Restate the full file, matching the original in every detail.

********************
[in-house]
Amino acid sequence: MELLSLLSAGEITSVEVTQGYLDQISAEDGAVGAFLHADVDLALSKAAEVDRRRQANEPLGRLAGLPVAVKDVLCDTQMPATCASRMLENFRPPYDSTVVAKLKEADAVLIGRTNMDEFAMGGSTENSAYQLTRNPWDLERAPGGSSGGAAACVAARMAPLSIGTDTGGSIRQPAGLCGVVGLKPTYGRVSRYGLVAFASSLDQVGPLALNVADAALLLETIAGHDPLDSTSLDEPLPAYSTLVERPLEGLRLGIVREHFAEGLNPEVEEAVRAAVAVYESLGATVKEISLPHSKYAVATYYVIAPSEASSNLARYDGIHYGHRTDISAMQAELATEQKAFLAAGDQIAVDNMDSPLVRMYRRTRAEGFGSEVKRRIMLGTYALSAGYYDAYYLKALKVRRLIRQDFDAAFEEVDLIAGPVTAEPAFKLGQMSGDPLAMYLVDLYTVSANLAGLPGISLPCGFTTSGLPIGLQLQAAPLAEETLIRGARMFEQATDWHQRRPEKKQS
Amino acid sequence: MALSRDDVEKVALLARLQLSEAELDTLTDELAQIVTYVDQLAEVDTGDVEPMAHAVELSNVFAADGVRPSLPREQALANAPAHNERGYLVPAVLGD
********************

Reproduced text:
[in-house]
Amino acid sequence: MELLSLLSAGEITSVEVTQGYLDQISAEDGAVGAFLHADVDLALSKAAEVDRRRQANEPLGRLAGLPVAVKDVLCDTQMPATCASRMLENFRPPYDSTVVAKLKEADAVLIGRTNMDEFAMGGSTENSAYQLTRNPWDLERAPGGSSGGAAACVAARMAPLSIGTDTGGSIRQPAGLCGVVGLKPTYGRVSRYGLVAFASSLDQVGPLALNVADAALLLETIAGHDPLDSTSLDEPLPAYSTLVERPLEGLRLGIVREHFAEGLNPEVEEAVRAAVAVYESLGATVKEISLPHSKYAVATYYVIAPSEASSNLARYDGIHYGHRTDISAMQAELATEQKAFLAAGDQIAVDNMDSPLVRMYRRTRAEGFGSEVKRRIMLGTYALSAGYYDAYYLKALKVRRLIRQDFDAAFEEVDLIAGPVTAEPAFKLGQMSGDPLAMYLVDLYTVSANLAGLPGISLPCGFTTSGLPIGLQLQAAPLAEETLIRGARMFEQATDWHQRRPEKKQS
Amino acid sequence: MALSRDDVEKVALLARLQLSEAELDTLTDELAQIVTYVDQLAEVDTGDVEPMAHAVELSNVFAADGVRPSLPREQALANAPAHNERGYLVPAVLGD